Madrid Part II

As time rushes by the adventure has continued to be an absolute delight. After finishing my last post I set out into the city. In usual form I was more focused on the voyage than the destination. With my map stashed in my back pocket I picked a direction and began to roam. Through small alleyways, along major two lane thoroughfares and beyond I wound my way north across the city. The weather has been delightful, a little crisp but far from too cold. I’ve also been blessed with sunny weather and a total lack of rain. Eventually I found myself in downtown Madrid’s bustling tourist and business center. With beautiful old architecture thrown seemingly at random between new signs for major chains and newer buildings, the city was vibrantly alive with life.

I eventually found a large, beautiful park. I absorbed the beauty of fall-kissed trees, enjoyed the clean crisp air, and breathed in scents coming from all the vegetation. As I neared the center of the park, I came across a number of gorgeous cats who had seemingly laid claim to a small Galapagos monument. Walled away from the people by large wrought iron fences the cats had free reign of a fun, small set of pools and bushes. As I was relaxing and watching the cats frolic an old woman came up with a stroller. To my amazement, in place of the usual child the stroller held a cat strapped into an adorable little vest sitting regally in an unzipped jacket turned quilt. Though tied by its leash to the stroller, the cat was obviously far from interested in wandering off. As he sat there relaxing and watching the birds his mother pulled out a number of cans of cat food, began feeding the strays, conversing with each and calling them by name. The whole thing was adorable.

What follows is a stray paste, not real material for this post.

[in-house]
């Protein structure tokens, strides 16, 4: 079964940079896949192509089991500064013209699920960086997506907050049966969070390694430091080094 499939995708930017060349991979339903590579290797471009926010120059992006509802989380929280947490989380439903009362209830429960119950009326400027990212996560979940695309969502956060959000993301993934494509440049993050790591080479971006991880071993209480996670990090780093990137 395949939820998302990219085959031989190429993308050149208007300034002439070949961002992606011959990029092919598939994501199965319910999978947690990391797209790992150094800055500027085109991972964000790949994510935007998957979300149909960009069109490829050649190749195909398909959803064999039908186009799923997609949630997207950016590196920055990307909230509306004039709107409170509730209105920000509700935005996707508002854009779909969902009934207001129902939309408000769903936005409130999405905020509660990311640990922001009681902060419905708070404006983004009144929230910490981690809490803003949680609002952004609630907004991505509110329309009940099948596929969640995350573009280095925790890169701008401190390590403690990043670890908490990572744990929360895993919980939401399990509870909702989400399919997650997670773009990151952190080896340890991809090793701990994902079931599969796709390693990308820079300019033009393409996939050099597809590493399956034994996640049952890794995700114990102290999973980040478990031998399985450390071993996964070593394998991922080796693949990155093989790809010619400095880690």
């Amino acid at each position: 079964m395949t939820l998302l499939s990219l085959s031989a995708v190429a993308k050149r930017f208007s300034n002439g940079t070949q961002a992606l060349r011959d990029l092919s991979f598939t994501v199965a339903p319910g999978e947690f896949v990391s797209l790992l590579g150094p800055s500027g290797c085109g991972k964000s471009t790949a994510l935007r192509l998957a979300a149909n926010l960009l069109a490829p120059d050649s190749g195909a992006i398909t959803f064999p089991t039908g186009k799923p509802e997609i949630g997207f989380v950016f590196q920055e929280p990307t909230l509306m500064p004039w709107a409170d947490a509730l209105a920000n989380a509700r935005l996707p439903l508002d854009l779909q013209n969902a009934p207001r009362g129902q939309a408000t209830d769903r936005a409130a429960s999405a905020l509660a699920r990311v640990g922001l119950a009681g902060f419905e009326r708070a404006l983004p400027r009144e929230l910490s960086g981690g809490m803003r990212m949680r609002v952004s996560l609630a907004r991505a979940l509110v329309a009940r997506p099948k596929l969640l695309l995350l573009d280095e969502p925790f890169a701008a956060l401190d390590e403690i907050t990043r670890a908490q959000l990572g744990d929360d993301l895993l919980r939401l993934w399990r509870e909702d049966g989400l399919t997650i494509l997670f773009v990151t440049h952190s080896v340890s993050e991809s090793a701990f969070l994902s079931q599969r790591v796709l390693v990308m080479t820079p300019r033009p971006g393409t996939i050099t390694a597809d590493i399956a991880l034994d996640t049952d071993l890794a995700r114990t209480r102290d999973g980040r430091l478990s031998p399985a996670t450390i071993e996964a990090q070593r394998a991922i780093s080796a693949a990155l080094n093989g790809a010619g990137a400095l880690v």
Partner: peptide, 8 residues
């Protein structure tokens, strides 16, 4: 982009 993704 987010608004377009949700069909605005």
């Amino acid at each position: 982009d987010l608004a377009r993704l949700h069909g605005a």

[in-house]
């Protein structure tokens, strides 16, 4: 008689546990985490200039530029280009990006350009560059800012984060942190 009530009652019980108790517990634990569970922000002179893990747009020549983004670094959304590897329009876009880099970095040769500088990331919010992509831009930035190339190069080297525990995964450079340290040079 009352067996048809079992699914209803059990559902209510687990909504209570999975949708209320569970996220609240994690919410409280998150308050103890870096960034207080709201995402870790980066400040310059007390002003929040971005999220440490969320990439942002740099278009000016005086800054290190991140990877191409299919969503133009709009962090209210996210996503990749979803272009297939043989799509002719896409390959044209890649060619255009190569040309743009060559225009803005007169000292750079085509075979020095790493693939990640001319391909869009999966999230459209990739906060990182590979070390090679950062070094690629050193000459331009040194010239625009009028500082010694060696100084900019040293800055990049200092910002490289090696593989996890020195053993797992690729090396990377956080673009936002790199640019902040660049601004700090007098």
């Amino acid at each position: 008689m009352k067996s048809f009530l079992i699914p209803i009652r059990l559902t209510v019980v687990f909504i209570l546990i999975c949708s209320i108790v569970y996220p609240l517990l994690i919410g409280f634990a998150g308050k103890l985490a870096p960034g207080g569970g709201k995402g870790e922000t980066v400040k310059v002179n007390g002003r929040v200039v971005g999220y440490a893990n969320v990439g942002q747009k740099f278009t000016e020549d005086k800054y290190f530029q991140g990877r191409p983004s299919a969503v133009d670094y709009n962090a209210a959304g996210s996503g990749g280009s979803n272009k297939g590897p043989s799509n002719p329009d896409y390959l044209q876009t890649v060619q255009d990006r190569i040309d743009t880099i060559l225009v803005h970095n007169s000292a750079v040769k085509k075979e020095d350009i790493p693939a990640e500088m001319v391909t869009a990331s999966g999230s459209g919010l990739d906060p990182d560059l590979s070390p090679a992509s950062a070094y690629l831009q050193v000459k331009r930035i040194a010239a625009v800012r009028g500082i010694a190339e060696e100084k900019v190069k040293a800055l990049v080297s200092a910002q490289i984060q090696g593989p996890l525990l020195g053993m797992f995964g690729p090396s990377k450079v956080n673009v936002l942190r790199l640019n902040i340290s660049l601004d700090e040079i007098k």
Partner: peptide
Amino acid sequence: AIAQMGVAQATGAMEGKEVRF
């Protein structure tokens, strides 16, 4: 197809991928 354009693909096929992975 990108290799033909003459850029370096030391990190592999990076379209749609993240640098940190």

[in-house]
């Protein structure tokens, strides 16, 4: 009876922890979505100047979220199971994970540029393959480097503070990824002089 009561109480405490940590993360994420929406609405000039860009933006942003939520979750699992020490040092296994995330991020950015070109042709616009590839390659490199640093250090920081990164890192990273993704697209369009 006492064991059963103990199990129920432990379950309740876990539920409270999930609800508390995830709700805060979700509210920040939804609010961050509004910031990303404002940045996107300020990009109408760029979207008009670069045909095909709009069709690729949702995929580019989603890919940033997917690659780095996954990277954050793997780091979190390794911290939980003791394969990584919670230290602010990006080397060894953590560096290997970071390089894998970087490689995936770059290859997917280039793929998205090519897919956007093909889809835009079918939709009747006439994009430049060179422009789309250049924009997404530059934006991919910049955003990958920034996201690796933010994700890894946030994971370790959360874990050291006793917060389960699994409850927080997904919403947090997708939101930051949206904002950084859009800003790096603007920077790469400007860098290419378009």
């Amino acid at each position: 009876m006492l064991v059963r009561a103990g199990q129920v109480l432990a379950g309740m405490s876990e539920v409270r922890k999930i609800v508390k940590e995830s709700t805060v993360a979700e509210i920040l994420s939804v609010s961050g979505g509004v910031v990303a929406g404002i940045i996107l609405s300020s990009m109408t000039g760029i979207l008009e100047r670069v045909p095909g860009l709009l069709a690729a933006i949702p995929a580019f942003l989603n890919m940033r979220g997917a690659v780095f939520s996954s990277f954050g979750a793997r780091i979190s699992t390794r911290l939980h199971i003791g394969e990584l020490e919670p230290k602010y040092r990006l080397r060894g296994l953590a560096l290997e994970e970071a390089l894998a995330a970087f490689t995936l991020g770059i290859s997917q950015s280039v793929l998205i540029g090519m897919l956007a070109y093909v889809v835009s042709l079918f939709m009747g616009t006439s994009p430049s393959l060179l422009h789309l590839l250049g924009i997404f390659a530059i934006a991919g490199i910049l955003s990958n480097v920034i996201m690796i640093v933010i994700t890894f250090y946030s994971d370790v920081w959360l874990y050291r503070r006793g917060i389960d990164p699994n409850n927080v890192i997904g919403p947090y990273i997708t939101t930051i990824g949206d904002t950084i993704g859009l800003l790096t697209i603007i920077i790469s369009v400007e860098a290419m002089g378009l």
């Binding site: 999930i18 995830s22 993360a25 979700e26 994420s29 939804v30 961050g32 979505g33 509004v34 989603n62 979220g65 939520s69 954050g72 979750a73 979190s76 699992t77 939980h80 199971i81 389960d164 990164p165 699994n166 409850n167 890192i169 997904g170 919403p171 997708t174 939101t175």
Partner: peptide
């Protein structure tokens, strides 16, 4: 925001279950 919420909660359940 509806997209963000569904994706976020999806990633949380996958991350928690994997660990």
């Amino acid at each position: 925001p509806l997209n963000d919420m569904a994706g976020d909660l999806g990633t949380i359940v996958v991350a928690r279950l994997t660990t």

I watched the cats play in the bushes and harass the local pigeon population before I continued into the center of the park which was based around a small lake. The lake was surrounded by walkways on two sides, with the Galapagos monument on the third, and a large war memorial on the fourth. The memorial was a beautiful thing with a large central pillar, statuary and steps that led down to the water’s edge. Eventually I made my way around the lake’s edge and spent an hour or so napping, reading, and relaxing in the afternoon sun at the base of the steps near the water.

Rested and relaxed I continued my exploration of the park and eventually found a large, beautifully manicured garden which lead me down towards the Prado Art Museum. Despite painfully sore feet, I decided to make every moment count and picked up a ticket. The museum had a wonderful collection, all beautifully displayed. In addition to a number of the usual famous pieces, I found countless less renown works from masterful artists. Most memorable was a fantastic statue created in the 1400 or 1500s that had rich, pure colors and appeared to be almost 3 dimensional. The other pieces that really caught my attention were a series of stunning inlaid tabletops. The tables impressive in their weight to begin with, had tops that were completely covered in inlaid motifs depicting animals, wildlife, patterns, and flowers all created with gorgeous precious stones. One of the more impressive ones was also supported by 4 large beautiful lions.